Remembering to be thankful for all we haveA photo of the two Ginkgo trees we planted in Piedmont Park in memory of my parents (Photo by Maria Saporta)
By Maria Saporta
It’s been five years. And I almost forgot to take note.
On Nov. 13, 2015, I had a lumpectomy to remove cancer from my right breast as well as 11 lymph nodes – two of which were cancerous.
Breast cancer had taken over my life as I completed radiation and participated in Piedmont Hospital’s Cancer Center and its many support programs.
But as time went on, my breast cancer became part of the background of my life as I went back to my normal life of family, friends and work.
Last Friday, on Nov. 20, I had my annual mammogram, and I started counting the years. The test showed no signs of breast cancer.
It was then that I started counting the years. Yes, I had reached that most important five-year milestone. If you survive five years cancer free, it’s likely your cancer will not return.
Unfortunately, I’m also cognizant that not everyone is as fortunate as me. Two dear friends who had shared their experiences with breast cancer and given me comfort – Traci Little and Joan Garner – were not so lucky. Their deaths reminded me that we can’t take life for granted.
Given that it’s Thanksgiving week, it’s so appropriate to stop and take notice of these past five years and to be grateful for being healthy during this most unsettling time in our lives.
Earlier today I went online and saw an item titled: “How do you celebrate five years cancer free?
Here are some tips for recognizing your milestones.
- Take time to reflect. Arrange for a quiet time to think about yourcancer experience and reflect on the changes in your life. …
- Plan a special occasion. …
- Donate or volunteer. …
- Join an established …
- Do something you like. …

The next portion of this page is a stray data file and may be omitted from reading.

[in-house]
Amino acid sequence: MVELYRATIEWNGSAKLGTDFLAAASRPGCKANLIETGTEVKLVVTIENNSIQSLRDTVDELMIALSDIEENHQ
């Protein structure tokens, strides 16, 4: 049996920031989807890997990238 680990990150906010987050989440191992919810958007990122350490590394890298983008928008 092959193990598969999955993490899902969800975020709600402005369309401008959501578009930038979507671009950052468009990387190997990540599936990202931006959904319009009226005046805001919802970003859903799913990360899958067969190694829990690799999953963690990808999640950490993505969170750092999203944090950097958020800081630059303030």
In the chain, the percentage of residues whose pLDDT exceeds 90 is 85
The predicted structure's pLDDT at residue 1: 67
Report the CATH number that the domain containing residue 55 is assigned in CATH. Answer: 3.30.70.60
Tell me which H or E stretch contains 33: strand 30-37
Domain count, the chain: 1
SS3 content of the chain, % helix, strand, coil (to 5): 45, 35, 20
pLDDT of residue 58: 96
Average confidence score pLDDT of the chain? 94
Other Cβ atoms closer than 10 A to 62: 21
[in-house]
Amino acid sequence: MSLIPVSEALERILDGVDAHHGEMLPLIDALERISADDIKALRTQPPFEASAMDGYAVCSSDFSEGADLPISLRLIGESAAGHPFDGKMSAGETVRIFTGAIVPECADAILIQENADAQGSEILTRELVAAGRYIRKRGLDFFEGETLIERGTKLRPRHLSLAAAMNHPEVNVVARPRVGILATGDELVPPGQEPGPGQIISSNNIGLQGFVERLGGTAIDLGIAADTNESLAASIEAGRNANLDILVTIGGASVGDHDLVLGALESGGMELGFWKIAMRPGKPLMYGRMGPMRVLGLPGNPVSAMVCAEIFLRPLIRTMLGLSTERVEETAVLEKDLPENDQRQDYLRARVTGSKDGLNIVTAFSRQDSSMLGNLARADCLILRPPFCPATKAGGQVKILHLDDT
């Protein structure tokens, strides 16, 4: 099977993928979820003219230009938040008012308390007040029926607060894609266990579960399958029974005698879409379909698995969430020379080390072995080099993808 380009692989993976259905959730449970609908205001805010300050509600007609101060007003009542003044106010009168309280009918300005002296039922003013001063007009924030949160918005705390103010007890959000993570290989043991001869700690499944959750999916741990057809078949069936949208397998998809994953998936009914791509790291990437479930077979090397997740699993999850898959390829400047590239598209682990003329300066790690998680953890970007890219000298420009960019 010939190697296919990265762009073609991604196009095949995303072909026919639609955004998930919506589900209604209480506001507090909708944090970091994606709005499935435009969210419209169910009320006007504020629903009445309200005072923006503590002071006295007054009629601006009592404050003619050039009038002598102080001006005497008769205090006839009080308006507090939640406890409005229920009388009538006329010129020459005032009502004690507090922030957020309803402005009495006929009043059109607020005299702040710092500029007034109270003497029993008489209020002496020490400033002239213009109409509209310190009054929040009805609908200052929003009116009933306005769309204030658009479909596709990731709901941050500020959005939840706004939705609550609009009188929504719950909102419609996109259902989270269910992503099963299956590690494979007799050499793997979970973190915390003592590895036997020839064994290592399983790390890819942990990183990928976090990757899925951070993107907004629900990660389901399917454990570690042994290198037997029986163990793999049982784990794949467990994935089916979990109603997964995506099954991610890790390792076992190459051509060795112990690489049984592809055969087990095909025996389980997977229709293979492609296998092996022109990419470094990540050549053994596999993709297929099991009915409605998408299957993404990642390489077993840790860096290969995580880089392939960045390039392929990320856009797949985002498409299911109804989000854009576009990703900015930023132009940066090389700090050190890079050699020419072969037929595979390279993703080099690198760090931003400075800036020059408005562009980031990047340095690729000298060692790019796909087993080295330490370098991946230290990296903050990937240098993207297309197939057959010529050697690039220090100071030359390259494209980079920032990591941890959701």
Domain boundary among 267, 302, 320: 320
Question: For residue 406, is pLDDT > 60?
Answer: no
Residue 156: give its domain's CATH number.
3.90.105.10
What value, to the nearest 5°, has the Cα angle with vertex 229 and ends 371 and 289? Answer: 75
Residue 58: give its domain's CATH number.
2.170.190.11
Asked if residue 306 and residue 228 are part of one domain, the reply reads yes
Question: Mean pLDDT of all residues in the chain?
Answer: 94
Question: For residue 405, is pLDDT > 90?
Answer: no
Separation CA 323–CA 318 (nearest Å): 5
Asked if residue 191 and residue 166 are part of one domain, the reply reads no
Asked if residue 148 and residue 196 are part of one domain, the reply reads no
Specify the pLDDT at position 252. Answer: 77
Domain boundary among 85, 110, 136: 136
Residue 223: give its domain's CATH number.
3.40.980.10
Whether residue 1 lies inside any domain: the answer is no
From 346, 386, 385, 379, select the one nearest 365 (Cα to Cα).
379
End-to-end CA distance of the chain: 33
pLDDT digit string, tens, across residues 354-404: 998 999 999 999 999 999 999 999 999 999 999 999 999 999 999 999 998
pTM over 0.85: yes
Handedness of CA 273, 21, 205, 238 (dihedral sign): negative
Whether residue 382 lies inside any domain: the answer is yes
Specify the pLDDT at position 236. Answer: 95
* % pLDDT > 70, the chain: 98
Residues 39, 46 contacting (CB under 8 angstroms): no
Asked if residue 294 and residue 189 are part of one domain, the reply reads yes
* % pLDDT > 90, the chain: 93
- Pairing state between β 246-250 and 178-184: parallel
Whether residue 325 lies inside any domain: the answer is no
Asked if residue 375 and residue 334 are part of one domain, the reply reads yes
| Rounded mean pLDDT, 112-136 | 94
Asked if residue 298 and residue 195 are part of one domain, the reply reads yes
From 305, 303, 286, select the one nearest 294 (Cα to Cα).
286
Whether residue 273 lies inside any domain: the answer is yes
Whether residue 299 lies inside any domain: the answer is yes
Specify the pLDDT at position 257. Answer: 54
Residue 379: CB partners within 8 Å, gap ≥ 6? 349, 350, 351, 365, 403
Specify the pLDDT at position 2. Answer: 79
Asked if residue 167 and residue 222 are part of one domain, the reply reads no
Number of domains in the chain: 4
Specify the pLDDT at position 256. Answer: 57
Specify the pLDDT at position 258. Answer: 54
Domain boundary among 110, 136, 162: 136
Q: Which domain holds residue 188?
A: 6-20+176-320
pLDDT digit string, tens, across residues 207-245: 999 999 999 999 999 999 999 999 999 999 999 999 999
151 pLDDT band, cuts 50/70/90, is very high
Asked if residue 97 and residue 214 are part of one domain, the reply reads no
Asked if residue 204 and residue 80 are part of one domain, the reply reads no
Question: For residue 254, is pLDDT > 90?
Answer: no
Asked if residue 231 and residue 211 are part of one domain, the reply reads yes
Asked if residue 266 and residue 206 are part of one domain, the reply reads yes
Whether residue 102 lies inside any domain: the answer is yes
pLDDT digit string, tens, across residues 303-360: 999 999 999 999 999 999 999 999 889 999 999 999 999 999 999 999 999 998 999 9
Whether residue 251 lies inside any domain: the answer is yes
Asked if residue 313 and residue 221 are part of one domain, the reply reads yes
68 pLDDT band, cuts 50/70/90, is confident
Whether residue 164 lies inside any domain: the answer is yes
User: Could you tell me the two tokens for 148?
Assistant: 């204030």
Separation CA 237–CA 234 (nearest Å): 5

- Celebrateyour way.
Those are good reminders for all of us to treasure day in and day out.
Thanksgiving is a special time to reflect – to be grateful for all we have – to savor feelings of contentment and joy – to remember what’s most important to all of us – to surround ourselves with people we love – to let go of past disappointments and embrace the possibilities ahead of us.
I’m especially grateful for the talented team of writers and staff who have contributed to SaportaReport and the soon-to-be-launched journalism nonprofit – Atlanta Civic Circle. We’re looking forward to providing more civic journalism for the good of metro Atlanta.
And I can’t say enough about the warmth that I get from my two adult children and so many special friends who have given me joy throughout the year.
On Sunday, a group of six women friends gathered to toast the recent birthdays of two among us. We met outdoors on a backyard patio with seasonally warm temperatures and falling leaves. We toasted each other with champagne as we checked in with how each of us were doing.
Each of us shared our fears, hopes, memories and personal news. When I told them about my five years cancer free and a clean mammogram, they cheered. It was the same reaction I got from two other of my dearest friends with whom I spent time with this past weekend.
The year 2020 has been a year of reflection combined with loss and self-discovery. Whether it’s the divisive political environment we’re in or our fears of living in the middle of a pandemic, we have had to reach deep down to find comfort and hope.
As the late John Lewis would say: “We can never give up. We can never give in.”
Today, those words of hope and perseverance capture my feelings exactly.
So, to all of our SaportaReport readers, wishing that you too will find comfort during this Thanksgiving week.